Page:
Coronavirus delays Rio’s Carnival for the first time in a century

A person walks past Rio de Janeiro's Sambadrome, which is closed amid the outbreak of the coronavirus disease (COVID-19), in Rio de Janeiro. (Reuters)

Rio de Janeiro delayed its annual Carnival parade, saying Thursday night that the global spectacle cannot go ahead in February because of Brazil’s continued vulnerability to the coronavirus pandemic.

Rio’s League of Samba Schools, LIESA, announced that the spread of the coronavirus has made it impossible to safely hold the traditional parades that are a cultural mainstay and, for many, a source of livelihood.

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“Carnival is a party upon which many humble workers depend. The samba schools are community institutions, and the parades are just one detail of all that,” said Luiz Antonio Simas, a historian who specializes in Rio’s Carnival. “An entire cultural and productive chain was disrupted by COVID.”

Members of Viradouro samba school react after winning the carnival's annual competition, at the Sambadrome in Rio de Janeiro, Brazil February 26, 2020. (Reuters)

Members of Viradouro samba school react after winning the carnival's annual competition, at the Sambadrome in Rio de Janeiro, Brazil February 26, 2020. (Reuters)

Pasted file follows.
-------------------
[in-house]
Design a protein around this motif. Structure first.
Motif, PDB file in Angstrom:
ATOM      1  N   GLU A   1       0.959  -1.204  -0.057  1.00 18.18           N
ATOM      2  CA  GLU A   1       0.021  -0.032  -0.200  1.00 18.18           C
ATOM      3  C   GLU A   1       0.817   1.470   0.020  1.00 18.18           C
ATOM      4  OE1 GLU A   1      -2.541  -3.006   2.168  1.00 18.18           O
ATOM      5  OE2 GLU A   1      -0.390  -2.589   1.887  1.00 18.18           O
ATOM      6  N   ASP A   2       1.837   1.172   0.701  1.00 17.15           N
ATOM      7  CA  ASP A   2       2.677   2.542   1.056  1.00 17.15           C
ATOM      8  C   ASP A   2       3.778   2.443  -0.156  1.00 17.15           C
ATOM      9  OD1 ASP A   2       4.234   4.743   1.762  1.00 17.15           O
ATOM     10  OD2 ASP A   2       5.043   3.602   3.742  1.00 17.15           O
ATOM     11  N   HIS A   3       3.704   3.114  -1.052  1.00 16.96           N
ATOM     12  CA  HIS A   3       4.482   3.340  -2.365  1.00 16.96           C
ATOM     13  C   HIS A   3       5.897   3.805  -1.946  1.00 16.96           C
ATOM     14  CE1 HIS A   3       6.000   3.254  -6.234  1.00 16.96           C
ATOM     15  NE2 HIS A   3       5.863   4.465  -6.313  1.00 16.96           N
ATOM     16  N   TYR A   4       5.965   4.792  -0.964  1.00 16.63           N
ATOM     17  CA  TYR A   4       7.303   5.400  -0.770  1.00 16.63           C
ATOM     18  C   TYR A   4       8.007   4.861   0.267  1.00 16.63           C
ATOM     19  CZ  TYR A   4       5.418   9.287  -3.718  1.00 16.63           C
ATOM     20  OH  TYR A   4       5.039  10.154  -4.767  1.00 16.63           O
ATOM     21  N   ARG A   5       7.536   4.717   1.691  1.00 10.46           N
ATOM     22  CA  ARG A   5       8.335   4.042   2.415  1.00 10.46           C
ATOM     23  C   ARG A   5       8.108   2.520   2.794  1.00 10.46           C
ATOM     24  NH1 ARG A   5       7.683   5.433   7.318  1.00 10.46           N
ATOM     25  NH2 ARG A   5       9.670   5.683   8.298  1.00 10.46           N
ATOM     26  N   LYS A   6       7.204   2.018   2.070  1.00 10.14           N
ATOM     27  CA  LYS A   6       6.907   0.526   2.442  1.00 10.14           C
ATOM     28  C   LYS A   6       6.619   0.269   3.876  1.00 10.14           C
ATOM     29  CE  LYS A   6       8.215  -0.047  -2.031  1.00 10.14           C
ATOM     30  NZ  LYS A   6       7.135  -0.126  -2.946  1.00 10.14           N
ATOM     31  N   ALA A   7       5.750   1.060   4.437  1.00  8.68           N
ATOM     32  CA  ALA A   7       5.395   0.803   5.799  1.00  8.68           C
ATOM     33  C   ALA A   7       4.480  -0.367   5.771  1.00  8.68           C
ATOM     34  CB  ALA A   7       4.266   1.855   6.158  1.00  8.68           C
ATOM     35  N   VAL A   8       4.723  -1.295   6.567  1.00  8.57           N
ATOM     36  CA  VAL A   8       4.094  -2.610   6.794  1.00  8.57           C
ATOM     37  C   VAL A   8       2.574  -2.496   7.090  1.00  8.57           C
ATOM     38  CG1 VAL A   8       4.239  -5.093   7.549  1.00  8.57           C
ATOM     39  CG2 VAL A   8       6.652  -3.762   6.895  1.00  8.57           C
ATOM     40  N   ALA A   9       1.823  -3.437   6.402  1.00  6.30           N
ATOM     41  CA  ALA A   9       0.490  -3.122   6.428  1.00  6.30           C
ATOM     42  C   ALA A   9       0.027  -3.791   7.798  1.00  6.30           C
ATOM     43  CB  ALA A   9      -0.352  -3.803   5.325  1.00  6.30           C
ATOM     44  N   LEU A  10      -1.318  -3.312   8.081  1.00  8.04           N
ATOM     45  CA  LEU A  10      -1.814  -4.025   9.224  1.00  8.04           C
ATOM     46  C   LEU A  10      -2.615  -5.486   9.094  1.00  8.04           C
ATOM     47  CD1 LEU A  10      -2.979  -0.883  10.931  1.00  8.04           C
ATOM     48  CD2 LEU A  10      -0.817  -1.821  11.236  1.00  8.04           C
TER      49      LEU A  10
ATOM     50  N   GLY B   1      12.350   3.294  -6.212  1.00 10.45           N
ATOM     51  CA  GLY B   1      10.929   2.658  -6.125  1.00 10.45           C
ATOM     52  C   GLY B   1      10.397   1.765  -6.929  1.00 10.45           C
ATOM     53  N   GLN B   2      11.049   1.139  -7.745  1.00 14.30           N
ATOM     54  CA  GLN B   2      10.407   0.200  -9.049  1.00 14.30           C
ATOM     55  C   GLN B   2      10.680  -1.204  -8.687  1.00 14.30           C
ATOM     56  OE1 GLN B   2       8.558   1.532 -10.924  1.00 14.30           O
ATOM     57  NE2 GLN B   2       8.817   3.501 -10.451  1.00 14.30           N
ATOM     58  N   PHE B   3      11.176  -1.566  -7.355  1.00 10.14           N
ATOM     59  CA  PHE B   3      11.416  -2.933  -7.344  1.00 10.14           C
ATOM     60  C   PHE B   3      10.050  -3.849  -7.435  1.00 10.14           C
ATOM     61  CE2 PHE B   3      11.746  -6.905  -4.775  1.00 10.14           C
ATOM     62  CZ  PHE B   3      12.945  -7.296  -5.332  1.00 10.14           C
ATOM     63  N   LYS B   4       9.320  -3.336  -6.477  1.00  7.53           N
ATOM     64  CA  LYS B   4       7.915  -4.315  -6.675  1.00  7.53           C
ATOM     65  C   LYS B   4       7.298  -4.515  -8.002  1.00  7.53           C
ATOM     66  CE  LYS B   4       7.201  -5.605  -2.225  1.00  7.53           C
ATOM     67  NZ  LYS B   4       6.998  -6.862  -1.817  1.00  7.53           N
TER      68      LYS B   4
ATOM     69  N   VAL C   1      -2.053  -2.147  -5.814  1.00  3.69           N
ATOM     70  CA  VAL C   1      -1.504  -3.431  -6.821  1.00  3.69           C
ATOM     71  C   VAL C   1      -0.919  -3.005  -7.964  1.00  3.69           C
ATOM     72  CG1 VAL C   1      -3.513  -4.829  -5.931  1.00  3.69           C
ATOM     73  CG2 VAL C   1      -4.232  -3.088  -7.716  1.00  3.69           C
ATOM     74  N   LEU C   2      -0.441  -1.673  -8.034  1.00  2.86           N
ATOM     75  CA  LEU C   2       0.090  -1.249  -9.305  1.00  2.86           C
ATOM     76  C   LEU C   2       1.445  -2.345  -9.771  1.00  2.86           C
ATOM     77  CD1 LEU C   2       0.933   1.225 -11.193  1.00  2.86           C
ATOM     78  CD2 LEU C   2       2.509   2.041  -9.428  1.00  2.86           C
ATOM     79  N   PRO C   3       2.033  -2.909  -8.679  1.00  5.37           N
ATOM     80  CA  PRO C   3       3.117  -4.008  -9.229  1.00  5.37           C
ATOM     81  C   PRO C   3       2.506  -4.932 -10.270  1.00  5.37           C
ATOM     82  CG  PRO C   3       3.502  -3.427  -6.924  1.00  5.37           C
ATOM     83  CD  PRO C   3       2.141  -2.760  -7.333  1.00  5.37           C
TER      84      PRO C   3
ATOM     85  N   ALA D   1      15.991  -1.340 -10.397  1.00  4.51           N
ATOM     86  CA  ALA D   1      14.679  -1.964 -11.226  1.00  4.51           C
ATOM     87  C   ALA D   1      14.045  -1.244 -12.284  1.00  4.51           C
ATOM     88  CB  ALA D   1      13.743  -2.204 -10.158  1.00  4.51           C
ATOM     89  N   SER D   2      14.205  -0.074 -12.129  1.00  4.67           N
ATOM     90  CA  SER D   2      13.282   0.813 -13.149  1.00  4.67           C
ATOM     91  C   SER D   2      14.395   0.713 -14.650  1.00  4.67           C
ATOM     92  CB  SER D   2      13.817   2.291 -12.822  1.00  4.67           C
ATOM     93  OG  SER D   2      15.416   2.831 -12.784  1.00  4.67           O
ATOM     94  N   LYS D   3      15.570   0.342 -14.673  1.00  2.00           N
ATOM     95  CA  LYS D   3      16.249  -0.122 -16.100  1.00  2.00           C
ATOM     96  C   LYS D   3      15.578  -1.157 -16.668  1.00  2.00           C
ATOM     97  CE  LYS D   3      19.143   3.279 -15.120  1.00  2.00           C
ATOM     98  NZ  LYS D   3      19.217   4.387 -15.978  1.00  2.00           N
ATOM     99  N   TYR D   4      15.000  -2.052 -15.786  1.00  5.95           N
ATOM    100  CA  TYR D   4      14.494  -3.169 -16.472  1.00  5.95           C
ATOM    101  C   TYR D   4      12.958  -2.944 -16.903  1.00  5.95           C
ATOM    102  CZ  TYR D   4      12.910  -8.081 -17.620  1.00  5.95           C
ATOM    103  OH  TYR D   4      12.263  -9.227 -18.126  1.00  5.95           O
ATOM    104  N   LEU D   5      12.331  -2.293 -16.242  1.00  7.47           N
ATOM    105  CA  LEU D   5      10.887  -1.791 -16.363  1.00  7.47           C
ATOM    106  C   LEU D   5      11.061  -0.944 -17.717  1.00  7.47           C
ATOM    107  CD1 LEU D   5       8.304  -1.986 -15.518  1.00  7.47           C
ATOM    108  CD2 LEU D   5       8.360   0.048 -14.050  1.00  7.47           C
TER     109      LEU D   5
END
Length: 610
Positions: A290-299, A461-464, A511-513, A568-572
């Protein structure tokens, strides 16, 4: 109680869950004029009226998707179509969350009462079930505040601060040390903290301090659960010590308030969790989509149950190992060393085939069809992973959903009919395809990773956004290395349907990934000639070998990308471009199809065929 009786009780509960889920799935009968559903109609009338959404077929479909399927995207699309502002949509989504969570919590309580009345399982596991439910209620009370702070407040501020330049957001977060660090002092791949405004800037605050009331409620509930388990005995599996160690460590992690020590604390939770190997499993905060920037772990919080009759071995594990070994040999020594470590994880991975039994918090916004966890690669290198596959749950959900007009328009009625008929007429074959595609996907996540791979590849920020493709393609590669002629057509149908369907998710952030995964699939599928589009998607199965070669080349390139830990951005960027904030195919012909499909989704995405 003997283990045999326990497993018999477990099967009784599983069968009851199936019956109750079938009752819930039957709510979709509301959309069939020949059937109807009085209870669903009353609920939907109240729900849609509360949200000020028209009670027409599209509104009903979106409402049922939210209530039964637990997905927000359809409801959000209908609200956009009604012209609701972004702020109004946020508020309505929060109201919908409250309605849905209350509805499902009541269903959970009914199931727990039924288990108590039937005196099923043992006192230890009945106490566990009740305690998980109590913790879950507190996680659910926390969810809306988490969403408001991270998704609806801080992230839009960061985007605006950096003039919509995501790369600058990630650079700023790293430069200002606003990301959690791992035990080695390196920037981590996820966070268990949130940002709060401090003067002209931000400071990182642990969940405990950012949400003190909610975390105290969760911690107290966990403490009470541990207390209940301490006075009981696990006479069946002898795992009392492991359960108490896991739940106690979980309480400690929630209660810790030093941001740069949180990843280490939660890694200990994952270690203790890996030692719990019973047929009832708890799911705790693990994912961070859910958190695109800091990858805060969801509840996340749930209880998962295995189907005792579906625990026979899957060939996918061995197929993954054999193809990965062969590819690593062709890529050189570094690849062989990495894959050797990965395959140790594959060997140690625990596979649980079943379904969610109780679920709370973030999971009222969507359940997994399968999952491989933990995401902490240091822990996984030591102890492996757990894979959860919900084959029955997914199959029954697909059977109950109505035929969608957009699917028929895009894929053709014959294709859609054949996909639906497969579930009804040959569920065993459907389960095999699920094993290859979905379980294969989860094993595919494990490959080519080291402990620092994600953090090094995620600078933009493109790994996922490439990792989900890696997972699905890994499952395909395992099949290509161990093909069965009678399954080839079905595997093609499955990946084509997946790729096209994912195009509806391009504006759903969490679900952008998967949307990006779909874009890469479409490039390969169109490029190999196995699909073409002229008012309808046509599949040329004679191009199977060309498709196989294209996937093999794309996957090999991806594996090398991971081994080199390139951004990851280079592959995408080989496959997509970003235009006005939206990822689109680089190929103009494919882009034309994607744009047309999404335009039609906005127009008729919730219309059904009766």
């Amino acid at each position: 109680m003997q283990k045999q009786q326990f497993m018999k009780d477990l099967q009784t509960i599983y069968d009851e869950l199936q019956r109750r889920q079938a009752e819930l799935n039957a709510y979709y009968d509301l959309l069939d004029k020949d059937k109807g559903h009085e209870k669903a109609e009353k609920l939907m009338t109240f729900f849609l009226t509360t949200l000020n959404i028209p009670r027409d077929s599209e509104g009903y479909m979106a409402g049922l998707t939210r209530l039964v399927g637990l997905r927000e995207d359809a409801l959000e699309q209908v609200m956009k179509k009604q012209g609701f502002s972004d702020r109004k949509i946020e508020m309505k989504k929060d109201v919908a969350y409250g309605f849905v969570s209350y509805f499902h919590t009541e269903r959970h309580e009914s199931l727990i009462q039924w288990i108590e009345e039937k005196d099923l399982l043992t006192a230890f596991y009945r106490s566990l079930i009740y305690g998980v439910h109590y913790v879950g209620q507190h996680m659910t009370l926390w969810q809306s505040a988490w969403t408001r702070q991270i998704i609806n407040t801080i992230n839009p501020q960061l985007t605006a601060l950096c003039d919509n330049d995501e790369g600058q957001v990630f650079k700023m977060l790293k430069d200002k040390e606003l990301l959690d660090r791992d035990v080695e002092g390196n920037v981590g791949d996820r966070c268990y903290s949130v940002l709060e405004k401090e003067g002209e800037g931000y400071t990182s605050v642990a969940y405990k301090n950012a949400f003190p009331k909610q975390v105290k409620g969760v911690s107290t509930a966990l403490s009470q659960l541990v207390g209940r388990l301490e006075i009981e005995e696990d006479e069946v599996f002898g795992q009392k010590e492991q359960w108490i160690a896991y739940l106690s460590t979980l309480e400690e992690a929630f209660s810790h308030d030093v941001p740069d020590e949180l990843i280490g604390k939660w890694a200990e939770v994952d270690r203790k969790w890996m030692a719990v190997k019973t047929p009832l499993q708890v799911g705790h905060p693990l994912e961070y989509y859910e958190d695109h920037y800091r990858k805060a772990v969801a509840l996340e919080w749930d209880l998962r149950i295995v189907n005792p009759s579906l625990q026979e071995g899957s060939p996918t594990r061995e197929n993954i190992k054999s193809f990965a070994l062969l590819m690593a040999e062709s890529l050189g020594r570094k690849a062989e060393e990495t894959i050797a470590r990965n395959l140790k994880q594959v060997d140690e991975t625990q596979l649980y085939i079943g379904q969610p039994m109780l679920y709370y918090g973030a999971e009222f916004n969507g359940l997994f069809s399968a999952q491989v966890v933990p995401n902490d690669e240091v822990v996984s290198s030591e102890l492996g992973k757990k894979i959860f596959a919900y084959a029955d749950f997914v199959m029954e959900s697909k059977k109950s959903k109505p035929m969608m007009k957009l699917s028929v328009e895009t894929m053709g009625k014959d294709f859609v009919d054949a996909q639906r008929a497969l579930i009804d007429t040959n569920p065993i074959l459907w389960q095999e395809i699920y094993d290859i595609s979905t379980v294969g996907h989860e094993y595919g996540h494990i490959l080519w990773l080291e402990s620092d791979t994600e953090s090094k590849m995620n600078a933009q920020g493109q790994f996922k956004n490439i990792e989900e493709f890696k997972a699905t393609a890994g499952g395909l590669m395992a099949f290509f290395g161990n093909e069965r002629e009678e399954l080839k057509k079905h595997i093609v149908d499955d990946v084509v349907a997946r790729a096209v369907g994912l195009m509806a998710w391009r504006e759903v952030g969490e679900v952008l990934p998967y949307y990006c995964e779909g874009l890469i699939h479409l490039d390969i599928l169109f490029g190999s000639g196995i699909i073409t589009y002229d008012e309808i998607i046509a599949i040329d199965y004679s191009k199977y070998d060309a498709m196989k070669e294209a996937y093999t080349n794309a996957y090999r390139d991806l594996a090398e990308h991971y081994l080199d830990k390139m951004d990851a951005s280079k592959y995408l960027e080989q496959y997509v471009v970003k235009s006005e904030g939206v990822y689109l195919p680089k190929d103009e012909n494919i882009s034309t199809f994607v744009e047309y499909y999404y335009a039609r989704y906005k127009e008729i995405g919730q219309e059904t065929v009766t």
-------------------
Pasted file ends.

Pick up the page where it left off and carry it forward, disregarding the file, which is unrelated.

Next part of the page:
Rio’s City Hall has yet to announce a decision about the Carnival street parties that also take place across the city. But its tourism promotion agency said in a statement to The Associated Press on Sept. 17 that without a coronavirus vaccine, it is uncertain when large public events can resume.

Brazil’s first confirmed coronavirus case was Feb. 26, one day after this year’s Carnival ended. As the number of infections grew, the samba schools that participate in the glitzy annual parade halted preparations for the 2021 event. Thursday’s announcement removed the cloud of uncertainty that has hung over the city — one of worst hit by the pandemic in Brazil.

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Nearly all of Rio’s samba schools are closely linked to working-class communities. Their processions include elaborate floats accompanied by tireless drummers and costumed dancers who sing at the top of their lungs to impress a panel of judges. Tens of thousands of spectators pack the bleachers of the arena, known as the Sambadrome, while tens of millions watch on television.

Before the schools began competing in the 1930s, Carnival was celebrated in dance halls and haphazardly on the streets, Simas said. The parades entered the Sambadrome in the 1980s, and have become Rio’s quintessential Carnival display.

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Last Update: Friday, 25 September 2020 KSA 04:24 - GMT 01:24
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